30. Lee AJ, Chan WK, Harralson AF, Buffum J, Bui BCC "The effects of grapefruit juice on sertraline metabolism: An in vitro and in vivo study." Clin Ther 21 (1999): 1890-9
  31. Sato J, Nakata H, Owada E, Kikuta T, Umetsu M, Ito K "Influence of usual intake of dietary caffeine on single-dose kinetics of theophylline in healthy human subjects." Eur J Clin Pharmacol 44 (1993): 295-8
  32. Dresser GK, Spence JD, Bailey DG "Pharmacokinetic-pharmacodynamic consequences and clinical relevance of cytochrome P450 3A4 inhibition." Clin Pharmacokinet 38 (2000): 41-57
View all 32 references
Major

High Blood Pressure (Hypertension)

Severe Potential Hazard, Moderate plausibility

barbiturates IV - cardiovascular

The intravenous administration of barbiturates may produce severe cardiovascular reactions such as bradycardia, hypertension, or vasodilation with fall in blood pressure, particularly during rapid infusion. Parenteral therapy with barbiturates should be administered cautiously in patients with hypertension, hypotension, or cardiac disease. The intravenous administration of barbiturates should be reserved for emergency treatment of acute seizures or for anesthesia.

References

  1. "Product Information. Amytal Sodium (amobarbital)" Lilly, Eli and Company, Indianapolis, IN.
  2. "Product Information. Phenobarbital (phenobarbital)." Lilly, Eli and Company, Indianapolis, IN.
  3. "Product Information. Nembutal Sodium (pentobarbital)" Abbott Pharmaceutical, Abbott Park, IL.
  4. "Product Information. Seconal Sodium (secobarbital)" Lilly, Eli and Company, Indianapolis, IN.
  5. American Medical Association, Division of Drugs and Toxicology "Drug evaluations annual 1994." Chicago, IL: American Medical Association; (1994):
View all 5 references
Major

High Blood Pressure (Hypertension)

Severe Potential Hazard, High plausibility

ergot alkaloids - vasospastic reactions

The use of ergot alkaloids is contraindicated in patients with conditions predisposing them to vasospastic reactions, including, ischemic heart disease (angina, history of myocardial infarction, silent ischemia), peripheral vascular disease, sepsis, shock, vascular surgery, uncontrolled hypertension, and severely impaired hepatic or renal function. The vasoconstriction produced be ergot alkaloids may exacerbate these conditions. Nitroprusside and heparin have been used to treat ergotamine- induced severe vasoconstriction.

References

  1. "Product Information. Migranal (dihydroergotamine nasal)." Novartis Pharmaceuticals, East Hanover, NJ.
  2. "Product Information. D.H.E. 45 (dihydroergotamine)." Sandoz Pharmaceuticals Corporation, East Hanover, NJ.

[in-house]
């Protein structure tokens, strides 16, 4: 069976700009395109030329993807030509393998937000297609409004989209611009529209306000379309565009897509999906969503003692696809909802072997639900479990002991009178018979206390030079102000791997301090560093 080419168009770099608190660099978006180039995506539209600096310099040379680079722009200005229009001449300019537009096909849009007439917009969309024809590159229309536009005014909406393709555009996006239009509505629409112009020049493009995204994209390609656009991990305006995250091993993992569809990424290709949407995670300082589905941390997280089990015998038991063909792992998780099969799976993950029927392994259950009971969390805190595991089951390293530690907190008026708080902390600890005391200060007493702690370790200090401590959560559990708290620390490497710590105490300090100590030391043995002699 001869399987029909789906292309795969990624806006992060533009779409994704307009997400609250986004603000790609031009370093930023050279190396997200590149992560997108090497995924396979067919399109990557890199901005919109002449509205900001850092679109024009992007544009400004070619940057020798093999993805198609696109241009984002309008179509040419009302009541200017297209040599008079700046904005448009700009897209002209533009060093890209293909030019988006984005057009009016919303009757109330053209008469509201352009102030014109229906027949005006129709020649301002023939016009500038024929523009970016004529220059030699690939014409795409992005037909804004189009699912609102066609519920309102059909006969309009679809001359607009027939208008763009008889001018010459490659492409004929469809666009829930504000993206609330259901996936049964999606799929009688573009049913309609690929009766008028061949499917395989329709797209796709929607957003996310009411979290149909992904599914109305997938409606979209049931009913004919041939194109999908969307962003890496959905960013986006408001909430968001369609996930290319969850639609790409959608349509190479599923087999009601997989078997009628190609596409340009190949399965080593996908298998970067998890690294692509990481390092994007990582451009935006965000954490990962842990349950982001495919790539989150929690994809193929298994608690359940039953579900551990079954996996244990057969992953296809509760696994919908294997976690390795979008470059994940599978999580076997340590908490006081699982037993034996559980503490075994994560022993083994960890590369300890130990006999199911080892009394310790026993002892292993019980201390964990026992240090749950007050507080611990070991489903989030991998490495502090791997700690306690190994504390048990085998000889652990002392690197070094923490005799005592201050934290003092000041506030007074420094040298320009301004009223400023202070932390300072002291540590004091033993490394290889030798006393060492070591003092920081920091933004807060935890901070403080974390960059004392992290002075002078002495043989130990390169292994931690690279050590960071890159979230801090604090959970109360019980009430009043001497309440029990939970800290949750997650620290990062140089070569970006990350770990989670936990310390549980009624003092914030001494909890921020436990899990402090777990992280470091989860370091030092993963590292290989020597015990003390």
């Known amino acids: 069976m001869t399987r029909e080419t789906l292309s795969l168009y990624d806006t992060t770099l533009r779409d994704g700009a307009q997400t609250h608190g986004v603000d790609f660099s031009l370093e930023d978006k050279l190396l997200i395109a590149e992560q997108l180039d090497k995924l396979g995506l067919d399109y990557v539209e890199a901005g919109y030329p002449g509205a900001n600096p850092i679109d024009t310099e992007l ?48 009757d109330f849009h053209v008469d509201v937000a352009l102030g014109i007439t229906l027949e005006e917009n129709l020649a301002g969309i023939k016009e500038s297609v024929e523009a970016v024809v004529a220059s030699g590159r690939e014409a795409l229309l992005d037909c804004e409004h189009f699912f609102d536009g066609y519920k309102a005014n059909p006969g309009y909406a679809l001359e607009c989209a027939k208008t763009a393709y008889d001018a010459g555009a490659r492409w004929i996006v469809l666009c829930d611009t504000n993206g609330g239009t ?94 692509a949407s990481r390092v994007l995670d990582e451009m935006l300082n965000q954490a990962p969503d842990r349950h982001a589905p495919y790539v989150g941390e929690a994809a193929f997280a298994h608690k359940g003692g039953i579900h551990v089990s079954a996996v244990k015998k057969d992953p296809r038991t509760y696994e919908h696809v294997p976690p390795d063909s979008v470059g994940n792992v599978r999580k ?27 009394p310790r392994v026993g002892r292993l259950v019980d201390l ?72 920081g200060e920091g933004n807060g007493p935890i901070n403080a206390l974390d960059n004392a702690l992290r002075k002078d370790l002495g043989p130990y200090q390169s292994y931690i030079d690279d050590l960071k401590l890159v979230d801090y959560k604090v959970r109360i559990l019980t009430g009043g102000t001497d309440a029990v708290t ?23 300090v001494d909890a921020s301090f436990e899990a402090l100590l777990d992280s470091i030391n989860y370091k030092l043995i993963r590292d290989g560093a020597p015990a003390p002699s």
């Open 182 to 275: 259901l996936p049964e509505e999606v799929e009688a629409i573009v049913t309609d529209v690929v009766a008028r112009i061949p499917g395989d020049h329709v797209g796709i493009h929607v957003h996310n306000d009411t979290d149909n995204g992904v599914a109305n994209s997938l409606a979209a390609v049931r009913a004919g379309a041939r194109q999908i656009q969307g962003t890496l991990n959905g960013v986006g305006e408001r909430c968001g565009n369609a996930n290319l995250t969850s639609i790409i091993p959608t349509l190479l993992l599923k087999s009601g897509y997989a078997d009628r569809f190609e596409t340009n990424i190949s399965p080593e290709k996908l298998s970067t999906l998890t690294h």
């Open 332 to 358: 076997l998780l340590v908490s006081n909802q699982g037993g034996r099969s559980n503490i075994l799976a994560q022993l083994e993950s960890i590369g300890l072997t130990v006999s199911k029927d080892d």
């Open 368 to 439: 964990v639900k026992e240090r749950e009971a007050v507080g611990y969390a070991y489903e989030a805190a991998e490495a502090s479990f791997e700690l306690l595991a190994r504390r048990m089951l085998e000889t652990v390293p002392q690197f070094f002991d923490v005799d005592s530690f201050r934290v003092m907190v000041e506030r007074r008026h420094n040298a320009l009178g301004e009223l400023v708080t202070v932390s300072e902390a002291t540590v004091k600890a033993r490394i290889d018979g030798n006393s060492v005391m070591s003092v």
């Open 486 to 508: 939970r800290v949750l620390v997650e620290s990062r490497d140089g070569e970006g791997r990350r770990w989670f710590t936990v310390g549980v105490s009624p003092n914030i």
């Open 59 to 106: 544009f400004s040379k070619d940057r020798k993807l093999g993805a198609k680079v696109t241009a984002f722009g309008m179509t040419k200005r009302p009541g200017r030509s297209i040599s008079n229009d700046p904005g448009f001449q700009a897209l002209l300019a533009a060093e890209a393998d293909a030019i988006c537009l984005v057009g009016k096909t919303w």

Moderate

High Blood Pressure (Hypertension)

Minor Potential Hazard, Low plausibility

anticholinergics - hypertension

Cardiovascular effects of anticholinergics may exacerbate hypertension. Therapy with anticholinergic agents should be administered cautiously in patients with hypertension.

References

  1. "Product Information. Marezine (cyclizine)." Glaxo Wellcome, Research Triangle Park, NC.
  2. "Product Information. Benadryl (diphenhydramine)." Parke-Davis, Morris Plains, NJ.
  3. "Product Information. Cogentin (benztropine)." Merck & Co, Inc, West Point, PA.
  4. "Product Information. Artane (trihexyphenidyl)." Lederle Laboratories, Wayne, NJ.
  5. "Product Information. Atropine Sulfate Injection, USP (atropine)." ESI Lederle Generics, Philadelphia, PA.
  6. Valentin N, Staffeldt H, Kyst A "Effect of i.v. atropine on cardiac rhythm, heart rate, blood pressure and airway secretion during isoflurane anaesthesia." Acta Anaesthesiol Scand 28 (1984): 621-4
  7. "Product Information. Antivert (meclizine)." Roerig Division, New York, NY.
View all 7 references

Bellamine S (belladonna / ergotamine / phenobarbital) drug Interactions

There are 1406 drug interactions with Bellamine S (belladonna / ergotamine / phenobarbital)

Bellamine S (belladonna / ergotamine / phenobarbital) disease Interactions

There are 35 disease interactions with Bellamine S (belladonna / ergotamine / phenobarbital) which include:

Drug Interaction Classification

The classifications below are a general guideline only. It is difficult to determine the relevance of a particular drug interaction to any individual given the large number of variables.
Major Highly clinically significant. Avoid combinations; the risk of the interaction outweighs the benefit.
Moderate Moderately clinically significant. Usually avoid combinations; use it only under special circumstances.
Minor Minimally clinically significant. Minimize risk; assess risk and consider an alternative drug, take steps to circumvent the interaction risk and/or institute a monitoring plan.
Unknown No information available.

Do not stop taking any medications without consulting your healthcare provider.

Further information

Always consult your healthcare provider to ensure the information displayed on this page applies to your personal circumstances.